“If we just pick up like Ned Lamont wants us to do, get out by a date certain, it will be taken as a tremendous victory by the same people who wanted to blow up these planes in this plot hatched in England,” Mr. Lieberman said at a campaign event in Waterbury, Conn. “It will strengthen them, and they will strike again.”…

Mr. Lamont denounced Mr. Lieberman’s remarks, and some other Democrats and political analysts questioned the senator’s use of a national security hazard to buttress a political attack, especially against another Democrat.

Yet Mr. Lieberman has accused Mr. Lamont of distorting the senator’s record on Iraq, and the Connecticut race has turned into an increasingly bitter fight between two Democrats over issues of war and national security.

In a telephone interview yesterday from his vacation home in Maine, Mr. Lamont said he was disappointed by Mr. Lieberman’s tone, and he questioned whether the war in Iraq had any bearing on terrorists’ designs on Western nations. Mr. Lamont also hit back by again connecting Mr. Lieberman to President Bush, whose war plans he has endorsed at times.

“Wow,” Mr. Lamont said, after twice asking a reporter to read Mr. Lieberman’s remark about him. “That comment sounds an awful lot like Vice President Cheney’s comment on Wednesday. Both of them believe our invasion of Iraq has a lot to do with 9/11. That’s a false premise.”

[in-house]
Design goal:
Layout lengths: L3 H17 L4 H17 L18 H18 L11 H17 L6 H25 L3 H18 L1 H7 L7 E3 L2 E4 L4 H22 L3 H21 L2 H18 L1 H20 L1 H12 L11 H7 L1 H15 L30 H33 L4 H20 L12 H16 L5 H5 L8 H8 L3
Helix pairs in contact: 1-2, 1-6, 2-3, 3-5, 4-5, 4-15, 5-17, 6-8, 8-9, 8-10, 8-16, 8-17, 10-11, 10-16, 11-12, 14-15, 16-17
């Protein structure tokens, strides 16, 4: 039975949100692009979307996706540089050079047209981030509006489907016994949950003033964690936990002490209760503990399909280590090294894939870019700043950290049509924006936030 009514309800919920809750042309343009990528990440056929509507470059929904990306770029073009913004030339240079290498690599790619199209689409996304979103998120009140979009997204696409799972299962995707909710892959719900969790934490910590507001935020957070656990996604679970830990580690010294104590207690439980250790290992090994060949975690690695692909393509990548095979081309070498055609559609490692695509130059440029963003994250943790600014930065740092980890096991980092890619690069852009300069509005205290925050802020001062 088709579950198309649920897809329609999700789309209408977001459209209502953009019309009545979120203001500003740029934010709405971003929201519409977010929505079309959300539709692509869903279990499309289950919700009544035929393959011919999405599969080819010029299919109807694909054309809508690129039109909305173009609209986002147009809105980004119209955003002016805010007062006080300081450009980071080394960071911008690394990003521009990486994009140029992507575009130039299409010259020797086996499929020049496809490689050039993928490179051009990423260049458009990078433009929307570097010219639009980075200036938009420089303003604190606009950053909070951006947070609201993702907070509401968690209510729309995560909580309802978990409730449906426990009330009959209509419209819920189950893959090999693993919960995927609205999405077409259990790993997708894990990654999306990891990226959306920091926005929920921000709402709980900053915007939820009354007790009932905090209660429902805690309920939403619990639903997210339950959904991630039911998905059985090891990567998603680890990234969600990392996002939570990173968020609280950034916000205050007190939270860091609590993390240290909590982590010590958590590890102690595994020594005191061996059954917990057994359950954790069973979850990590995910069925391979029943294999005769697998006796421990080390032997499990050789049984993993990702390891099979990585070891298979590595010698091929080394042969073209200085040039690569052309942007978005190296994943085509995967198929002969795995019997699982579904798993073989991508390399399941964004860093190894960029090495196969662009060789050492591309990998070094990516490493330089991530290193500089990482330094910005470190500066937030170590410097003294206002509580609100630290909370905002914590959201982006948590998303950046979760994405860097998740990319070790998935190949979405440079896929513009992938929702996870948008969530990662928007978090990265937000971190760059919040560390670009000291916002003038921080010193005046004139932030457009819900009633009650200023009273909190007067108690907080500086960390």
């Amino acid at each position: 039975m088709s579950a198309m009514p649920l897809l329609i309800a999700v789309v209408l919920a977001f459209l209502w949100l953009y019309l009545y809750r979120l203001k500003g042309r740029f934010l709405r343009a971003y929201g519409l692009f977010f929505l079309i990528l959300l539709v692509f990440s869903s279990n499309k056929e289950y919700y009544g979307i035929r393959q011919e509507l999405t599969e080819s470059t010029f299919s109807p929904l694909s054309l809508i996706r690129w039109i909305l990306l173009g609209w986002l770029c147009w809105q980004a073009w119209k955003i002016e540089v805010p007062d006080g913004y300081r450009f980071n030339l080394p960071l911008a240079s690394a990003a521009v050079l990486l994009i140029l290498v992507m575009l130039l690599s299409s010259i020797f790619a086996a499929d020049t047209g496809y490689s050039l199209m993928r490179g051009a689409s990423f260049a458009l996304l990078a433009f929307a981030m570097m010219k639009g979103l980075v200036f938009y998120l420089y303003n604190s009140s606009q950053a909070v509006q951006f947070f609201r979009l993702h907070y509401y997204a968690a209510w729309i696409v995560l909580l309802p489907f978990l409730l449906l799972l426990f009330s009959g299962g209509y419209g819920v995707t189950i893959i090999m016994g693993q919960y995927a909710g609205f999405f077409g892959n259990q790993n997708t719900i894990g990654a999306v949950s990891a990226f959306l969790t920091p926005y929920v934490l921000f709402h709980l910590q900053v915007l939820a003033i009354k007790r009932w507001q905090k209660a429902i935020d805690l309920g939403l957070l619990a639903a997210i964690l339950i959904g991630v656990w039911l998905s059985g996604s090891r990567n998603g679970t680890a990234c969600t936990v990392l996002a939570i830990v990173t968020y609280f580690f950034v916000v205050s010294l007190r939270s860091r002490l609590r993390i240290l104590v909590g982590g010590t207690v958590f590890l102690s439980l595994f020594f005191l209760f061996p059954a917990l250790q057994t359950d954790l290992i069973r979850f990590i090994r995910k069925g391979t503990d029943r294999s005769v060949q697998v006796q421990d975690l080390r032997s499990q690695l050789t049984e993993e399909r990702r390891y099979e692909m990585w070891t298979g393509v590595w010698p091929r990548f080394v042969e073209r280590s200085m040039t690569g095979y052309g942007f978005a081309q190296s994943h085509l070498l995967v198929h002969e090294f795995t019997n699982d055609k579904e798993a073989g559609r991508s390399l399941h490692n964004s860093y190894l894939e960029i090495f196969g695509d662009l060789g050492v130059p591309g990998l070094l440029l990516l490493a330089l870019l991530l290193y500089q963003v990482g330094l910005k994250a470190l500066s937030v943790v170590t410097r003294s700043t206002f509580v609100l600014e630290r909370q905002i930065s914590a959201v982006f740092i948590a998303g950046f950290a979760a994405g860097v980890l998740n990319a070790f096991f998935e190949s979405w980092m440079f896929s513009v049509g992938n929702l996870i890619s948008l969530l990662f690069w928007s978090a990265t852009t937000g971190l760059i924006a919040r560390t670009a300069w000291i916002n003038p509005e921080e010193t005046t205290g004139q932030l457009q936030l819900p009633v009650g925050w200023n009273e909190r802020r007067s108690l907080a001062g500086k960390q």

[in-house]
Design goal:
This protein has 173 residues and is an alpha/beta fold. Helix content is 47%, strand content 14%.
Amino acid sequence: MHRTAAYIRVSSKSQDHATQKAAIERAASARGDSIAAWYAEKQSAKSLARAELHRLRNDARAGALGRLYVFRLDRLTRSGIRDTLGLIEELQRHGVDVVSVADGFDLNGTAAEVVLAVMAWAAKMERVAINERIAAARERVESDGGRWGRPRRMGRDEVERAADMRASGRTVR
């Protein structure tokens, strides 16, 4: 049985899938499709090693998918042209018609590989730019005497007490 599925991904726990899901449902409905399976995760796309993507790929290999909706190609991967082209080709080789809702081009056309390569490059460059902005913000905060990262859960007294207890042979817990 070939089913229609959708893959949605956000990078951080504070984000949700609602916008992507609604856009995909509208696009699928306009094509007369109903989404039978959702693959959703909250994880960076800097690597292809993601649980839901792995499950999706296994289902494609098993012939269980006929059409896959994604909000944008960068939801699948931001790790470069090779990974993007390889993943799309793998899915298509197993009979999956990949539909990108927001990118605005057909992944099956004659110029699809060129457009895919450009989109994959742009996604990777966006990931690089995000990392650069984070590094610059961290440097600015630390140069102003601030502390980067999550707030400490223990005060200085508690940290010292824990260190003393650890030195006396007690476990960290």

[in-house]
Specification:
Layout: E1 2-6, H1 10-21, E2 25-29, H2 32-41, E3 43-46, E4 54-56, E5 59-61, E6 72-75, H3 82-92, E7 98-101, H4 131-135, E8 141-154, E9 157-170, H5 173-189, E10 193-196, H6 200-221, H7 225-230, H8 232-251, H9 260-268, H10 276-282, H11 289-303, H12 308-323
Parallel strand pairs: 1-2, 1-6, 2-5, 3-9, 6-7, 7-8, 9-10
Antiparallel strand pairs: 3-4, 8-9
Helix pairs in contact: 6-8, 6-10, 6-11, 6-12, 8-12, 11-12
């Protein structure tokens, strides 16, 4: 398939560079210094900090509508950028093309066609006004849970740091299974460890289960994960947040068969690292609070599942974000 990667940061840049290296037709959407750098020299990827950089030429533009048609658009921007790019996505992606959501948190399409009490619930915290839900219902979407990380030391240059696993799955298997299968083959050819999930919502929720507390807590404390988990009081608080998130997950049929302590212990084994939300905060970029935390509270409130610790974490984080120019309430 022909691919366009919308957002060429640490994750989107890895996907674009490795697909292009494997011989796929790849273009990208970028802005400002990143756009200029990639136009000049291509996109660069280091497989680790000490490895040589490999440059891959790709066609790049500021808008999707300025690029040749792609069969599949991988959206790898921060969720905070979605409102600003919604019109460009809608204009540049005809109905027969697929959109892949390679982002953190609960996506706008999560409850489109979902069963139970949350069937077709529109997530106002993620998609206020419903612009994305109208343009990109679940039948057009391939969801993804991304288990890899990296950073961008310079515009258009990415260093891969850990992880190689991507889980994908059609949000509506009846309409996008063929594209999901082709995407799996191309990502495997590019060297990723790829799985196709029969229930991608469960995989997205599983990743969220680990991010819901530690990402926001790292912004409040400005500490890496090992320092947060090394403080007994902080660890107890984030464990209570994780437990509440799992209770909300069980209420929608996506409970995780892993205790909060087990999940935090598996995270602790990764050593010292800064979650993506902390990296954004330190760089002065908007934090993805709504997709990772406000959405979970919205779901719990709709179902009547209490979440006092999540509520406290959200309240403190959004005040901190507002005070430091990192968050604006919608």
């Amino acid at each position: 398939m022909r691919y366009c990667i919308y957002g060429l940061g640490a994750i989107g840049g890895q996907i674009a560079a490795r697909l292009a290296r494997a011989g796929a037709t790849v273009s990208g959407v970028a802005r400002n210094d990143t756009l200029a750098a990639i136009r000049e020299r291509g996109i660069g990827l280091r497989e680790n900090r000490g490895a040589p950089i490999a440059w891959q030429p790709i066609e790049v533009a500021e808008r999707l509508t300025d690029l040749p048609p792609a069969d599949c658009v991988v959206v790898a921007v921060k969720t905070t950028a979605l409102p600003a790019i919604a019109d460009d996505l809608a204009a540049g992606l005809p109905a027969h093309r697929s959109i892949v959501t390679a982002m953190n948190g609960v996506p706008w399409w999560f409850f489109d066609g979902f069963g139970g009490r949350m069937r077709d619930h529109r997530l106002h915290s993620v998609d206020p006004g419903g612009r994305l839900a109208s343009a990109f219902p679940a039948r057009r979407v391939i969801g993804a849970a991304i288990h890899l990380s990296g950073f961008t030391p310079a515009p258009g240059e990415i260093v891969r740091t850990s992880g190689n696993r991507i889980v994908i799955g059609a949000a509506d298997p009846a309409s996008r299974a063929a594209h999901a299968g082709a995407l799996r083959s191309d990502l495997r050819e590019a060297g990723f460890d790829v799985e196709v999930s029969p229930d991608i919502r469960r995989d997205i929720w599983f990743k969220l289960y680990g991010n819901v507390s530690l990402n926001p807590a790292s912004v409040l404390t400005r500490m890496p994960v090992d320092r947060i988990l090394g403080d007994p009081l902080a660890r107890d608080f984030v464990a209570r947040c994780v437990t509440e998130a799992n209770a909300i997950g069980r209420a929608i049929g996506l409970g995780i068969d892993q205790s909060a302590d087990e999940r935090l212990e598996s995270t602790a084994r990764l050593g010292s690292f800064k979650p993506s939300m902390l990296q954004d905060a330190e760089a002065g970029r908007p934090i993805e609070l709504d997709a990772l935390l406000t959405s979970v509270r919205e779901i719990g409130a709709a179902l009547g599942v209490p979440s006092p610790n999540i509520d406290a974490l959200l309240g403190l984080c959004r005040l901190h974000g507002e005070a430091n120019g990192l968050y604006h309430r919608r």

Wow, facts. Novel approach, and how refreshing from Ned Lamont.  Lieberman and Cheney are so close, they apparently share messaging advisors.  Sweet.

Again, I’m all for cordiality and a real discussion of the issues.  But that does not mean that you just agree to whatever the other side wants from you so that they will continue to like you and stroke your ego.

America wants a change.  The people of Connecticut spoke to that last Tuesday — where not only Democrats, but record numbers of independent voters and Republicans registered as Democrats to be able to vote in the primary — against Joe Lieberman and his propping up of George Bush, Dick Cheney and their failed policies and Rubber Stamp Republican Congress.

E.J. Dionne hits that nail right on the head today: